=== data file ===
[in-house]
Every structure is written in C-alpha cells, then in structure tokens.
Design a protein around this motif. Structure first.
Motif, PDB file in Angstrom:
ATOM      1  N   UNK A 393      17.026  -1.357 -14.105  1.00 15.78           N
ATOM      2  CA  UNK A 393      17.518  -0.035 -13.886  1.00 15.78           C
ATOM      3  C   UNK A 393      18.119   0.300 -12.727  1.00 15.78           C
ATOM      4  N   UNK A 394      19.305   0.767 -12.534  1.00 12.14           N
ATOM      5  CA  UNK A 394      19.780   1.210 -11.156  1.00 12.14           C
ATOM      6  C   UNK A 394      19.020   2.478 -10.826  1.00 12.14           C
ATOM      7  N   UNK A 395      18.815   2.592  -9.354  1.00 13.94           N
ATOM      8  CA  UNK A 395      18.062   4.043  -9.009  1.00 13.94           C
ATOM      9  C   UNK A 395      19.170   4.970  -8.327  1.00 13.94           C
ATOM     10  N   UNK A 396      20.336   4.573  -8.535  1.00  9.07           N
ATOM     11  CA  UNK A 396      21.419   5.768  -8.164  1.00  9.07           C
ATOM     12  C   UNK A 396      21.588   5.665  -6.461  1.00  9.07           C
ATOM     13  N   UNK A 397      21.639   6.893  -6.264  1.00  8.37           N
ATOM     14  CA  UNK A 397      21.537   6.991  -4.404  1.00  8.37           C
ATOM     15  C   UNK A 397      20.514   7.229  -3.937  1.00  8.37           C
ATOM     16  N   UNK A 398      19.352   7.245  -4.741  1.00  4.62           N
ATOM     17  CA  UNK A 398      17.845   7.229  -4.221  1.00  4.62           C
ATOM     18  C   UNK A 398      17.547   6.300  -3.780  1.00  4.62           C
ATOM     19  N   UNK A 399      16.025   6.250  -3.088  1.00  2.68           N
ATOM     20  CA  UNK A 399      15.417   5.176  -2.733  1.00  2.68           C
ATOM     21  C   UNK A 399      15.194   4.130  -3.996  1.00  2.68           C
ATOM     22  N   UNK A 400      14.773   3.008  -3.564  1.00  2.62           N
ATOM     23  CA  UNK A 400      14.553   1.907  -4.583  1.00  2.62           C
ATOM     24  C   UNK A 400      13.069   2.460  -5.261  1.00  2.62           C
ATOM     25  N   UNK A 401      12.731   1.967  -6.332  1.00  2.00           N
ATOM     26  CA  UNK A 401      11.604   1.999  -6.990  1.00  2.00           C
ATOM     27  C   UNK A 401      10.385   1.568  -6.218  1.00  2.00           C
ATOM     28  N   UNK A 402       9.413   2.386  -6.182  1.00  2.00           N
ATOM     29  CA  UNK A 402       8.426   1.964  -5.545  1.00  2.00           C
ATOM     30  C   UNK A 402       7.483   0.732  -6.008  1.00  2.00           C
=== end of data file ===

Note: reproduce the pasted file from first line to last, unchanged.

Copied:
[in-house]
Every structure is written in C-alpha cells, then in structure tokens.
Design a protein around this motif. Structure first.
Motif, PDB file in Angstrom:
ATOM      1  N   UNK A 393      17.026  -1.357 -14.105  1.00 15.78           N
ATOM      2  CA  UNK A 393      17.518  -0.035 -13.886  1.00 15.78           C
ATOM      3  C   UNK A 393      18.119   0.300 -12.727  1.00 15.78           C
ATOM      4  N   UNK A 394      19.305   0.767 -12.534  1.00 12.14           N
ATOM      5  CA  UNK A 394      19.780   1.210 -11.156  1.00 12.14           C
ATOM      6  C   UNK A 394      19.020   2.478 -10.826  1.00 12.14           C
ATOM      7  N   UNK A 395      18.815   2.592  -9.354  1.00 13.94           N
ATOM      8  CA  UNK A 395      18.062   4.043  -9.009  1.00 13.94           C
ATOM      9  C   UNK A 395      19.170   4.970  -8.327  1.00 13.94           C
ATOM     10  N   UNK A 396      20.336   4.573  -8.535  1.00  9.07           N
ATOM     11  CA  UNK A 396      21.419   5.768  -8.164  1.00  9.07           C
ATOM     12  C   UNK A 396      21.588   5.665  -6.461  1.00  9.07           C
ATOM     13  N   UNK A 397      21.639   6.893  -6.264  1.00  8.37           N
ATOM     14  CA  UNK A 397      21.537   6.991  -4.404  1.00  8.37           C
ATOM     15  C   UNK A 397      20.514   7.229  -3.937  1.00  8.37           C
ATOM     16  N   UNK A 398      19.352   7.245  -4.741  1.00  4.62           N
ATOM     17  CA  UNK A 398      17.845   7.229  -4.221  1.00  4.62           C
ATOM     18  C   UNK A 398      17.547   6.300  -3.780  1.00  4.62           C
ATOM     19  N   UNK A 399      16.025   6.250  -3.088  1.00  2.68           N
ATOM     20  CA  UNK A 399      15.417   5.176  -2.733  1.00  2.68           C
ATOM     21  C   UNK A 399      15.194   4.130  -3.996  1.00  2.68           C
ATOM     22  N   UNK A 400      14.773   3.008  -3.564  1.00  2.62           N
ATOM     23  CA  UNK A 400      14.553   1.907  -4.583  1.00  2.62           C
ATOM     24  C   UNK A 400      13.069   2.460  -5.261  1.00  2.62           C
ATOM     25  N   UNK A 401      12.731   1.967  -6.332  1.00  2.00           N
ATOM     26  CA  UNK A 401      11.604   1.999  -6.990  1.00  2.00           C
ATOM     27  C   UNK A 401      10.385   1.568  -6.218  1.00  2.00           C
ATOM     28  N   UNK A 402       9.413   2.386  -6.182  1.00  2.00           N
ATOM     29  CA  UNK A 402       8.426   1.964  -5.545  1.00  2.00           C
ATOM     30  C   UNK A 402       7.483   0.732  -6.008  1.00  2.00           C